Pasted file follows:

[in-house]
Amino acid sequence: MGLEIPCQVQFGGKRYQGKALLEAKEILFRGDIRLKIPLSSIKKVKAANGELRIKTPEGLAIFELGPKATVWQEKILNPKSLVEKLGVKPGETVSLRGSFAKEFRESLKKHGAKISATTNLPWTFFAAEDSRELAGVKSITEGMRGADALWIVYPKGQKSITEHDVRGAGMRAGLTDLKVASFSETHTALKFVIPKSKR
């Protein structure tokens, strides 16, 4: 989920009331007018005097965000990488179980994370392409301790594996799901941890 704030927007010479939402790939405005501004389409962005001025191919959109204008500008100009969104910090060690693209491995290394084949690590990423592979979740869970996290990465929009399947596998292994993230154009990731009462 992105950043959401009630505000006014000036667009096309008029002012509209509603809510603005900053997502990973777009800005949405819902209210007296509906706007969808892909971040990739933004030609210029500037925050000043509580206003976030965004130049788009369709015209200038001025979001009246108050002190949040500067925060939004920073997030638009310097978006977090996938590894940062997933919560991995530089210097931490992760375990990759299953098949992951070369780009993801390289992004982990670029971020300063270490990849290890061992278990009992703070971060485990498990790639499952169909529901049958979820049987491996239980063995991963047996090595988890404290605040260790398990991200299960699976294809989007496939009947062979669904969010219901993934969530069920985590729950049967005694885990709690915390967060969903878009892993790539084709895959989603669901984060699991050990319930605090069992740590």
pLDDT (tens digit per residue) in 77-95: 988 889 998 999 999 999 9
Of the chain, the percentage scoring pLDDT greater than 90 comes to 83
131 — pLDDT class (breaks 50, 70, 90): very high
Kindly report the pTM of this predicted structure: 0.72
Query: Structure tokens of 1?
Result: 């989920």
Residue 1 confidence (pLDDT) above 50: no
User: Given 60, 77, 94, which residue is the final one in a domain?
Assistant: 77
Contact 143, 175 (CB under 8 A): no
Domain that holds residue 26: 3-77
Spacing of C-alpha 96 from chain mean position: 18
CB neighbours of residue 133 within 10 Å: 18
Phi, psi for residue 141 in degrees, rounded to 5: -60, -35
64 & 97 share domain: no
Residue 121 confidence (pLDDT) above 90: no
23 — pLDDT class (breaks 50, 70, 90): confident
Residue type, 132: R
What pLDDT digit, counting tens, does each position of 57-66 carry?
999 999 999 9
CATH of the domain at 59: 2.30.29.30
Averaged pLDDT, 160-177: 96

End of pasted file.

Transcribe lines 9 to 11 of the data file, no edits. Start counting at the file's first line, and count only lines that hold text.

Result: 């989920």
Residue 1 confidence (pLDDT) above 50: no
User: Given 60, 77, 94, which residue is the final one in a domain?